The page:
Feminism: Different Types

Feminism: Different Types

Types of Feminism

Liberal Feminism

  • Liberal Feminism believes in the equality of men and women, and advocates for political and legal reform to achieve this.
  • It focuses on issues such as reproductive rights, equal pay, sexual harassment and gender discrimination.
  • Mary Wollstonecraft and John Stuart Mill were early advocates of Liberal Feminism.
  • Key understanding - Liberal Feminists see changing laws and policies, and changing individual attitudes as instrumental to achieving equality.

Radical Feminism

  • Radical Feminism argues that the root cause of women’s oppression is patriarchy: The social, economic, and political dominance of women by men.
  • They believe that society must be drastically restructured to achieve gender equality.
  • Key figures include Kate Millett and Andrea Dworkin.
  • Key understanding - Radical Feminists typically reject the idea that individual changes can achieve equality, arguing for a complete societal overhaul.

Socialist Feminism

  • Socialist Feminism links the oppression of women to capitalist economic practices, and contends that liberation can only be achieved by replacing capitalism with socialism.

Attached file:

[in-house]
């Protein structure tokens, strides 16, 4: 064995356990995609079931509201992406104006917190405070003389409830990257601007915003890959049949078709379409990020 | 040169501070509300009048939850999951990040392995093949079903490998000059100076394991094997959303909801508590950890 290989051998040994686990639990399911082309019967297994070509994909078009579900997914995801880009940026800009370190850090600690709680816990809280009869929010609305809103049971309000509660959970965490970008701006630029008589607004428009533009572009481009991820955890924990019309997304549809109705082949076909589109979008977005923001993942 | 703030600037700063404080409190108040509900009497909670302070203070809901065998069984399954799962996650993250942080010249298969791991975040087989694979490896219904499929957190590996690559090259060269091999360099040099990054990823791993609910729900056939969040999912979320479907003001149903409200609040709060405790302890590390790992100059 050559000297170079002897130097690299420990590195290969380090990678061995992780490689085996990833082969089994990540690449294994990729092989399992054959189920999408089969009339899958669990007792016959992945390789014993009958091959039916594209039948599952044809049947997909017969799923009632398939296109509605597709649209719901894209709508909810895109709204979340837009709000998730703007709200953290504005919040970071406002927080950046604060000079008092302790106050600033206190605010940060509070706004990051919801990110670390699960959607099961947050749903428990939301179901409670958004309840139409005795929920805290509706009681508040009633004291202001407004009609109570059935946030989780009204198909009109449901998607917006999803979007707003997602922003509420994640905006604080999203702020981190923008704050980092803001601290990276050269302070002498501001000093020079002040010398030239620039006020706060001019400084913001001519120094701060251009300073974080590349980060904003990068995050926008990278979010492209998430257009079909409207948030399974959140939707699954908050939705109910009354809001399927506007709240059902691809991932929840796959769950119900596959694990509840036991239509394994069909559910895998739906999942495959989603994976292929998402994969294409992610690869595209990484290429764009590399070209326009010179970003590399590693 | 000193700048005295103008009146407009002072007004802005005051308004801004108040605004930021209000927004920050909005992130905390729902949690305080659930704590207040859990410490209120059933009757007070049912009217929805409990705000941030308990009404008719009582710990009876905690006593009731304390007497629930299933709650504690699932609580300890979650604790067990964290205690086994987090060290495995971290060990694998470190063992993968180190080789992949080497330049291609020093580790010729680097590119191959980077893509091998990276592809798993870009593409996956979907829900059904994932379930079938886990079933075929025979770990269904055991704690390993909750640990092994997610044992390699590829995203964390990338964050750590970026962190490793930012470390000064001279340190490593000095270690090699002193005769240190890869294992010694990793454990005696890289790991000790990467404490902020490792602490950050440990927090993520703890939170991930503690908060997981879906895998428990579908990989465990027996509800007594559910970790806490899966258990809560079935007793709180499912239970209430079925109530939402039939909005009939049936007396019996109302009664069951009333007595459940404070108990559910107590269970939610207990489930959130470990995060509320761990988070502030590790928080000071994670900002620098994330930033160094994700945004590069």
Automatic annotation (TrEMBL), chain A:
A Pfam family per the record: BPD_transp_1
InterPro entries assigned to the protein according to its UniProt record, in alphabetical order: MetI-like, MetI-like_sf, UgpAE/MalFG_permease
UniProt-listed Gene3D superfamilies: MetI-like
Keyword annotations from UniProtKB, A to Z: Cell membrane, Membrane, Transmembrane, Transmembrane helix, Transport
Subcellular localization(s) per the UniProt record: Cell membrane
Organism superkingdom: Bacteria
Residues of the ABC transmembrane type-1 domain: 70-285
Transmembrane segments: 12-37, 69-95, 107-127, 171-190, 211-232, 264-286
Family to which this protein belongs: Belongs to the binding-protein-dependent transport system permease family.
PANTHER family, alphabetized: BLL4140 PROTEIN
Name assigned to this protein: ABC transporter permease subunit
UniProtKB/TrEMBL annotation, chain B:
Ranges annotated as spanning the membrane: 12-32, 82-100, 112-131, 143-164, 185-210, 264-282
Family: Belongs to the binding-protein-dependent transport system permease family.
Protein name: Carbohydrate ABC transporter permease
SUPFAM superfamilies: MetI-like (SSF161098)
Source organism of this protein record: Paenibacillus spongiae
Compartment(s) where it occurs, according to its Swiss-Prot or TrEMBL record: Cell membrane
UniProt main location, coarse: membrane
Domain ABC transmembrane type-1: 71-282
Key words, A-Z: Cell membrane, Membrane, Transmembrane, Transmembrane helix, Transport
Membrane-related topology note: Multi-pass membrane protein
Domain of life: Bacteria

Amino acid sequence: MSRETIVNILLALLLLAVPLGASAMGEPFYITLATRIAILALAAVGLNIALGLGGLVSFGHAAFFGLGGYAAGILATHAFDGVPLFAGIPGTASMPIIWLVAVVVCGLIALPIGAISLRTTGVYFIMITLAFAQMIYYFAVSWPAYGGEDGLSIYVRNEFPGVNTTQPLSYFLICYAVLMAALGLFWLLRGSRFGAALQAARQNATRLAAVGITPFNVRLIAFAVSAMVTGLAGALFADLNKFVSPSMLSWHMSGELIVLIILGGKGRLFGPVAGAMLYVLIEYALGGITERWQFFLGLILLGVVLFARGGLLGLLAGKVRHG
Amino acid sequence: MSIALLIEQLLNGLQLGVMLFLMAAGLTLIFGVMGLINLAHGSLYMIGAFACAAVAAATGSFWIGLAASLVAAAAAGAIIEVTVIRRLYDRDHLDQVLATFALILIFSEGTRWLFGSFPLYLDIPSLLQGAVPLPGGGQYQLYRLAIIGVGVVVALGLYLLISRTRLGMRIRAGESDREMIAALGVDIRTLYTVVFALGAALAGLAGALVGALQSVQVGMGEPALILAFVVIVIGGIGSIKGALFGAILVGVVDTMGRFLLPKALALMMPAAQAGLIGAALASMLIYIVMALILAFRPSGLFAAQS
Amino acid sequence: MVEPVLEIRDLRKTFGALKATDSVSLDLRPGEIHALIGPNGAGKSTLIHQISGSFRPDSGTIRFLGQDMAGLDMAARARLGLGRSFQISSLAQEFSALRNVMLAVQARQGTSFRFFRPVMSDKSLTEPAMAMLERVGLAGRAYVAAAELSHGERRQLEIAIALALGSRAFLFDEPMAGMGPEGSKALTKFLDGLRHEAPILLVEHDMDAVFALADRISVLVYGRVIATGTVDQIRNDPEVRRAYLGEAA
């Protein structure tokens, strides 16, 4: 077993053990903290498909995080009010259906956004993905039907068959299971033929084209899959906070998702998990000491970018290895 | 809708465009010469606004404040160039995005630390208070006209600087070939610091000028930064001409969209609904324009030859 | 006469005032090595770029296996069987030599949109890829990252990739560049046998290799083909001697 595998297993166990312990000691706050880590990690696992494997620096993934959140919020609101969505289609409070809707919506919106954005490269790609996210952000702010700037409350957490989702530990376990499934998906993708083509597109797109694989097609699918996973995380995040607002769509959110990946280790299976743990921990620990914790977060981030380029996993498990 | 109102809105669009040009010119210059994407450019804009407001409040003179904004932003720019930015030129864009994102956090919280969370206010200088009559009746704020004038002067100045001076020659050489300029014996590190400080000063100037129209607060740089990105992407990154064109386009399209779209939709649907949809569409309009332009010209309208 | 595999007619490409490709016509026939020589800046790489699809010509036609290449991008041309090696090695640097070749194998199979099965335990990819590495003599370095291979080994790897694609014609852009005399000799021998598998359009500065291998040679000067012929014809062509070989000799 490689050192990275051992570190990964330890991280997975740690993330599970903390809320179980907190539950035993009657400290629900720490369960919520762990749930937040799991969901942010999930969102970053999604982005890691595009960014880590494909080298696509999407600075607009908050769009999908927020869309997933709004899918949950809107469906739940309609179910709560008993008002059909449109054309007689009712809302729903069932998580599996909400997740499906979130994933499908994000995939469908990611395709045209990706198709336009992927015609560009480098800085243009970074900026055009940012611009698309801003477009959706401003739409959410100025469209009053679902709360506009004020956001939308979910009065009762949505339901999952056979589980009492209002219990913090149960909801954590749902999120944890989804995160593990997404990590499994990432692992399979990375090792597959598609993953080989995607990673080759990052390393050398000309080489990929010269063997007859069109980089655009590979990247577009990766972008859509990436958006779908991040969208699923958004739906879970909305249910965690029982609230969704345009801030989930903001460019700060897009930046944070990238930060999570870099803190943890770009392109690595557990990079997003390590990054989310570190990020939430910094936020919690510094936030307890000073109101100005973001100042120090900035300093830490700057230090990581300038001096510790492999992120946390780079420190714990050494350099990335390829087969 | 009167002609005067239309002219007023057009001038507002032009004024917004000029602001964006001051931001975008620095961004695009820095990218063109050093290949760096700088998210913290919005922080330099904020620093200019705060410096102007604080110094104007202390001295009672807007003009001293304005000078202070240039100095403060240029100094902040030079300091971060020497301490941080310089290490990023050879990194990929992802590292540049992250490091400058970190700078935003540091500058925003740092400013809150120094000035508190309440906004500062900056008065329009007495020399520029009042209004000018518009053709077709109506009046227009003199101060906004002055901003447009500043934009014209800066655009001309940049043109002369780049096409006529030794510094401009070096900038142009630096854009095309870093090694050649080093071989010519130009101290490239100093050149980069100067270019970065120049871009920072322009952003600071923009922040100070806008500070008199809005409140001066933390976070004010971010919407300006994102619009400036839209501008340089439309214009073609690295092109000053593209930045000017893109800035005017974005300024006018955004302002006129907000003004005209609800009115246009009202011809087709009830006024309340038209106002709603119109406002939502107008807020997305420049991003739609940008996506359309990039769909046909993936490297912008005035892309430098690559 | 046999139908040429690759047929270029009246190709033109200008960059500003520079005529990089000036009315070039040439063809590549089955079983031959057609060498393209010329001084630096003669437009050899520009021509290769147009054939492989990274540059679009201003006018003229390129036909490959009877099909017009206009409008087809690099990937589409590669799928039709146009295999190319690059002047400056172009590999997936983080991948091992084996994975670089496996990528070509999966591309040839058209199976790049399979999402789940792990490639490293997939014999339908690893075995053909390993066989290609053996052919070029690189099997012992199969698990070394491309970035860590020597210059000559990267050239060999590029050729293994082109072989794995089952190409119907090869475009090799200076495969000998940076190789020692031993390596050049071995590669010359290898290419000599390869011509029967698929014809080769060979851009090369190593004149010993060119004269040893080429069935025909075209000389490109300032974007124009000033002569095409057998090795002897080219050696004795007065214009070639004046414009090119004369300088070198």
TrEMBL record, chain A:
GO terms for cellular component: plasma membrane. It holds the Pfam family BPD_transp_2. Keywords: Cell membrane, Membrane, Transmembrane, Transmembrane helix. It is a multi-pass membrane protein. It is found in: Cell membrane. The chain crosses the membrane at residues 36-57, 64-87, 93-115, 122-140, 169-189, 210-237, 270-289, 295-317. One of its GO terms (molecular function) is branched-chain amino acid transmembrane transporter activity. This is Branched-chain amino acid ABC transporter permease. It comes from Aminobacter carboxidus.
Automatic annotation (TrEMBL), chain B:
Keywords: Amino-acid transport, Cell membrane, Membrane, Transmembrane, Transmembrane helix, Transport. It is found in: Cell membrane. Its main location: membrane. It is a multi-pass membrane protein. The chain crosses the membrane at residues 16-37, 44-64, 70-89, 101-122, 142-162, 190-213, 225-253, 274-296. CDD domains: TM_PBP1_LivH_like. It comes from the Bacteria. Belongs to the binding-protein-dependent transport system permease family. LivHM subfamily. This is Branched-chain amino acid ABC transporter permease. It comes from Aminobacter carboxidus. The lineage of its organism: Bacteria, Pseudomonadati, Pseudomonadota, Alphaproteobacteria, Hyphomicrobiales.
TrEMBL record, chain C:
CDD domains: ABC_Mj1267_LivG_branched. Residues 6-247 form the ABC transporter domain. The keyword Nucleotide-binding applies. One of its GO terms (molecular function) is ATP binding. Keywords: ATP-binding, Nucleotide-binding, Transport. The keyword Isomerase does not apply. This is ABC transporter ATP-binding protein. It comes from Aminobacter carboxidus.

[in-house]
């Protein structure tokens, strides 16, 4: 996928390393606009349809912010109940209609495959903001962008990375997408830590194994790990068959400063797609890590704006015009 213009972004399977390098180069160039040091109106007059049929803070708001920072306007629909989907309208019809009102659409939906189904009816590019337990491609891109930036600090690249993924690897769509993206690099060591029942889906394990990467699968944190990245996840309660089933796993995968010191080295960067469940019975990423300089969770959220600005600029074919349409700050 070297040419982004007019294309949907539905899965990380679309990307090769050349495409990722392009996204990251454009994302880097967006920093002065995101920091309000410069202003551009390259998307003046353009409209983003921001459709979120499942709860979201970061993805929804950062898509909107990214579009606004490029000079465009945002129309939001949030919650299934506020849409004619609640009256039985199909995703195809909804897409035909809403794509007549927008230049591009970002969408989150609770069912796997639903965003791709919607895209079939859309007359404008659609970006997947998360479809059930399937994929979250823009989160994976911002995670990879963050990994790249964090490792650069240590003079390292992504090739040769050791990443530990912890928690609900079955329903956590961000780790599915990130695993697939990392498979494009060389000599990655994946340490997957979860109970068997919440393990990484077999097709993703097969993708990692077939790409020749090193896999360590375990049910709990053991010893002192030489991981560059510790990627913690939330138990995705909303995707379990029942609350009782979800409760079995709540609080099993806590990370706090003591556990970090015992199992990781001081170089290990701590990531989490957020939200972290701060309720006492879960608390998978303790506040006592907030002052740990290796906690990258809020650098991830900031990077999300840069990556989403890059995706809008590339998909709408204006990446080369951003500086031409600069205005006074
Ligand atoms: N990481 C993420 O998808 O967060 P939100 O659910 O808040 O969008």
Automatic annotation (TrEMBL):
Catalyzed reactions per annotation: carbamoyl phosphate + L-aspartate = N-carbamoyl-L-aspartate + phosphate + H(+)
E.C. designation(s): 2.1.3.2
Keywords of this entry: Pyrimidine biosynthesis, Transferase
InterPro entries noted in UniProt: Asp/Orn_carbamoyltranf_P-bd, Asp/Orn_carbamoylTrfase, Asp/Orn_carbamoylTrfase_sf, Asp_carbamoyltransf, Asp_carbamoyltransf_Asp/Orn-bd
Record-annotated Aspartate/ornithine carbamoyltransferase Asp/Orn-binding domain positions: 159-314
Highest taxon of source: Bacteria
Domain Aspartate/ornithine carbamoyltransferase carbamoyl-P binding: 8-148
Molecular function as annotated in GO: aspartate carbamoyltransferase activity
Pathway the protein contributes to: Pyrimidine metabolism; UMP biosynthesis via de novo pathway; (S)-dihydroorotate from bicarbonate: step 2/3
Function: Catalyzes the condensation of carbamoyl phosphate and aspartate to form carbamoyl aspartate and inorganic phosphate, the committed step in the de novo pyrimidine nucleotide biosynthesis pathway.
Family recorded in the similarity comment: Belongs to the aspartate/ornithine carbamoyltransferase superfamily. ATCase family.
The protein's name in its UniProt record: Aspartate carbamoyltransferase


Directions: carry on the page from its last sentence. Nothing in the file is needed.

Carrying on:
• They argue for the dispersal of power and wealth.
  • Key figures include Clara Zetkin and Alexandra Kollontai.
  • Key understanding - Socialist Feminists believe that both patriarchal and class oppressions must be eradicated for gender equality.

Intersectional Feminism

  • Intersectional Feminism emphasises that women’s experiences of oppression are not universally the same, and it accounts for race, socioeconomic status, and more.
  • Coined by Kimberlé Crenshaw, it challenges the predominant idea that all women experience the same level of discrimination.
  • Key understanding - Intersectional Feminism calls for a recognition that gender, race, class, and other identities intersect and affect each other, creating a multitude of experiences.

Black Feminism

  • Black Feminism argues that sexism, class oppression, and racism are inextricably bound together.
  • They contend that the liberation of black women entails freedom for all people, since it would require the end of racism, sexism, and class oppression.
  • key figures include Bell Hooks and Audre Lorde.
  • Key understanding - Black Feminism critiques mainstream feminism as being dominated by white women’s perspectives, highlighting the need to consider race and class in gender equality discourses.

Postmodern Feminism

  • Postmodern Feminism encompasses several feminist theories that all question the metanarratives associated with womanhood and female experience.
  • They criticise other forms of feminism as being too deterministic.
  • Key figures include Judith Butler, who advocates for the exploration of gender beyond traditional binaries.
  • Key understanding - Postmodern Feminism emphasizes the individual, subjective experience of gender, rather than generalizing all women’s experiences.